The data-loading options in question are Amazon's Virtual Private Cloud and AWS Direct Connect. The former is a virtualized private network offering that Berger described as complex. The latter is a private connection between AWS and a corporate data center that costs $0.30 per hour for a 1 gigabyte-per-second port and $2.25 per hour for a 10 gigabyte-per-second port. To put that in perspective, the Redshift service starts at $0.85 per 2-terabyte node, per hour, so the best connection is more twice as expensive as the service -- though it could presumably be used in conjunction with a variety of Amazon services.

Another performance differentiator, said Berger, is the availability of high-speed connectors for Oracle and Teradata databases and Hadoop as a data source to ParAccel. These connectors have not been licensed by Amazon -- not yet, anyway, Berger said.

One final differentiator between Redshift in the cloud and ParAccel on premises is the level of customer support available. Where Amazon looks to standardize its services for broad consumption, ParAccel helps its customers exploit features designed to tune the database for each deployment for higher performance. "Those are support-intensive and professional-service-intensive features, and that's not Amazon's business model," Berger said.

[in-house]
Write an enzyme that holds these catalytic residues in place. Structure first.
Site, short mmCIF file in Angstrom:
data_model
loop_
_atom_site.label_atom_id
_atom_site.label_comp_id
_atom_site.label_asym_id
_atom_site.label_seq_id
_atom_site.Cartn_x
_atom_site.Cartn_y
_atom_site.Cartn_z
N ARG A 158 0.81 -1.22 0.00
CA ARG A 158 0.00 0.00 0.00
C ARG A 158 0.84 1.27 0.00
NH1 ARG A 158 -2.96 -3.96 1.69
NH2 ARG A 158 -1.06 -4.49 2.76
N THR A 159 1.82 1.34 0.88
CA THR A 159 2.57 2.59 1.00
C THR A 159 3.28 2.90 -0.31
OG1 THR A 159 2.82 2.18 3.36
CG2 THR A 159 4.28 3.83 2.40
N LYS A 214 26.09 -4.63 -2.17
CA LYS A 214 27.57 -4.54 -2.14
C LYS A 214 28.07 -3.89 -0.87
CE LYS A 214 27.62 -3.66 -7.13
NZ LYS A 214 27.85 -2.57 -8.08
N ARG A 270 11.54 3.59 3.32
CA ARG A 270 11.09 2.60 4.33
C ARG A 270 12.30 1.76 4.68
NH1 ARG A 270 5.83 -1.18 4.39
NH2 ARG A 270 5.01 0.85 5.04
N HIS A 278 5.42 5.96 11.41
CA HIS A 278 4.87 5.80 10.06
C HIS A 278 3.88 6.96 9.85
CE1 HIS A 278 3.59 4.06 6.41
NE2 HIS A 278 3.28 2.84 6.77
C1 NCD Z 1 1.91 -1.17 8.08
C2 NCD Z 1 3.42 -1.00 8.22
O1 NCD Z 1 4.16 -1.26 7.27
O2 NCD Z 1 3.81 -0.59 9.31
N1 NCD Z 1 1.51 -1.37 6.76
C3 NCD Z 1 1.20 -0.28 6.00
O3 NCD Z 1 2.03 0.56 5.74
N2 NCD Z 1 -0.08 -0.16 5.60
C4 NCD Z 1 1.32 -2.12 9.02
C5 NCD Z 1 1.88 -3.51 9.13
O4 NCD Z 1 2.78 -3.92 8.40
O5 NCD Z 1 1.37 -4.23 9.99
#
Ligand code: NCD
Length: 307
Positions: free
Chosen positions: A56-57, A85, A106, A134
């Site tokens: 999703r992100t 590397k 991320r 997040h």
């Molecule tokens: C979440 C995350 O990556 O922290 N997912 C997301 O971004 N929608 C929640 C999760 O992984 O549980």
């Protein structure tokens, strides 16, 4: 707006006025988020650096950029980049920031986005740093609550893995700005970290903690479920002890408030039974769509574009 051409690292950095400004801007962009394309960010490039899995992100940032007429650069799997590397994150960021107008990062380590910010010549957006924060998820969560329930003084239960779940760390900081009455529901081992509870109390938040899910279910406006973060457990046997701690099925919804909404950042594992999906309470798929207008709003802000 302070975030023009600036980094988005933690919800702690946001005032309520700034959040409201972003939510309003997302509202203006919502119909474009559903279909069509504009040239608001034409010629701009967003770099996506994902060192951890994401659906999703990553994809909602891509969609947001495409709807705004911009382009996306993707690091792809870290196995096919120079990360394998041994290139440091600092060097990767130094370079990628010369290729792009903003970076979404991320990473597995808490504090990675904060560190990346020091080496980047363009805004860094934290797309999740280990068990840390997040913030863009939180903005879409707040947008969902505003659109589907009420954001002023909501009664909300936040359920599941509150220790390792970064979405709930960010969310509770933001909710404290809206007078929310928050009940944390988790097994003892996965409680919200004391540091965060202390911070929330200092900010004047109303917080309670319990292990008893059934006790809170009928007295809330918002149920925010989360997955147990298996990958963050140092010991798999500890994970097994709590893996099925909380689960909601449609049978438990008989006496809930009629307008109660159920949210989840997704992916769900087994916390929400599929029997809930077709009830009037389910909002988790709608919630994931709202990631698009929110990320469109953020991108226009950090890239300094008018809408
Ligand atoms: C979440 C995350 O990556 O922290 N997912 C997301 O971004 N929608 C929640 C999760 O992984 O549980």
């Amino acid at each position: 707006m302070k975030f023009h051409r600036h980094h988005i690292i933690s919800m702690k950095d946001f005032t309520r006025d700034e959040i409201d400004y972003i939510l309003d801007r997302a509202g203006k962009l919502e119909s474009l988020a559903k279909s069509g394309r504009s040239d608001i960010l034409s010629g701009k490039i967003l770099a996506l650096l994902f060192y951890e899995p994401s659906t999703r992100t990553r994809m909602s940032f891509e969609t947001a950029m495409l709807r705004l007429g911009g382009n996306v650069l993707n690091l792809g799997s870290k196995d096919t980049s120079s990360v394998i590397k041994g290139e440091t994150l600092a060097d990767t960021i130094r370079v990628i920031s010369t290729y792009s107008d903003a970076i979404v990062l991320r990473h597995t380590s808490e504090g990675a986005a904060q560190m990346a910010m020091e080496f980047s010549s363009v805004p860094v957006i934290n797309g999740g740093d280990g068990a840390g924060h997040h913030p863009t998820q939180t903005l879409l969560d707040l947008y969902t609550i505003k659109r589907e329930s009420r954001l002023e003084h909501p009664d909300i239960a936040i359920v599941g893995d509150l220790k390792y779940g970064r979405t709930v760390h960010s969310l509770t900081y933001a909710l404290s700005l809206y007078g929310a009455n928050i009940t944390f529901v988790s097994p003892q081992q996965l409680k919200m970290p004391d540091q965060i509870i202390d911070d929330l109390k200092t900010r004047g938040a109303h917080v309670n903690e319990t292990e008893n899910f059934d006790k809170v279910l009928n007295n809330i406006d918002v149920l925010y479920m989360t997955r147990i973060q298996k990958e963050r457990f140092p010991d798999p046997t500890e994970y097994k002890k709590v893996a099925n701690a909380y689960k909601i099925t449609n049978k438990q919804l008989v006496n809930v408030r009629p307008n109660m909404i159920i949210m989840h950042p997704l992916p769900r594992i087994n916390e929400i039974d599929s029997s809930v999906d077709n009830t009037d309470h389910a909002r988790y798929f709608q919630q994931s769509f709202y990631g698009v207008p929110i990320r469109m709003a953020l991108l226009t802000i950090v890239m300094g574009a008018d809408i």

InformationWeek has asked Amazon for follow-up interviews on Redshift. At press time the company had yet to respond. [[Author's update: Amazon sent answers to our questions -- posted below in the "comments" area -- four hours after this article was published.]] We told them we wanted to hear more about data-loading options and speeds. We also raised questions about just how and where companies will run their business intelligence (BI) software.

Running BI in the cloud will add to total cost. Jaspersoft and Microstrategy are the first Redshift partners in the cloud. Even if you're using Jaspersoft's Community edition, which is free from a software licensing perspective, there are Amazon charges (ranging from $0.16 to $1.80, depending on compute power) for provisioning the software-as-a-service. If you stick with running BI in your data center, you have to remember that bringing data back on premises for analysis will introduce additional delays over and above the time required to load data into the cloud.

Perhaps Amazon is working out the details, but we're still hoping to learn more about Redshift data-integration and BI workflows before the service goes live early next year. Until then, ParAccel says the ultimate in security, control and performance on its database can only be achieved on premises.

About the Author(s)

Doug Henschen

Executive Editor, Enterprise Apps

Doug Henschen is Executive Editor of InformationWeek, where he covers the intersection of enterprise applications with information management, business intelligence, big data and analytics. He previously served as editor in chief of Intelligent Enterprise, editor in chief of Transform Magazine, and Executive Editor at DM News. He has covered IT and data-driven marketing for more than 15 years.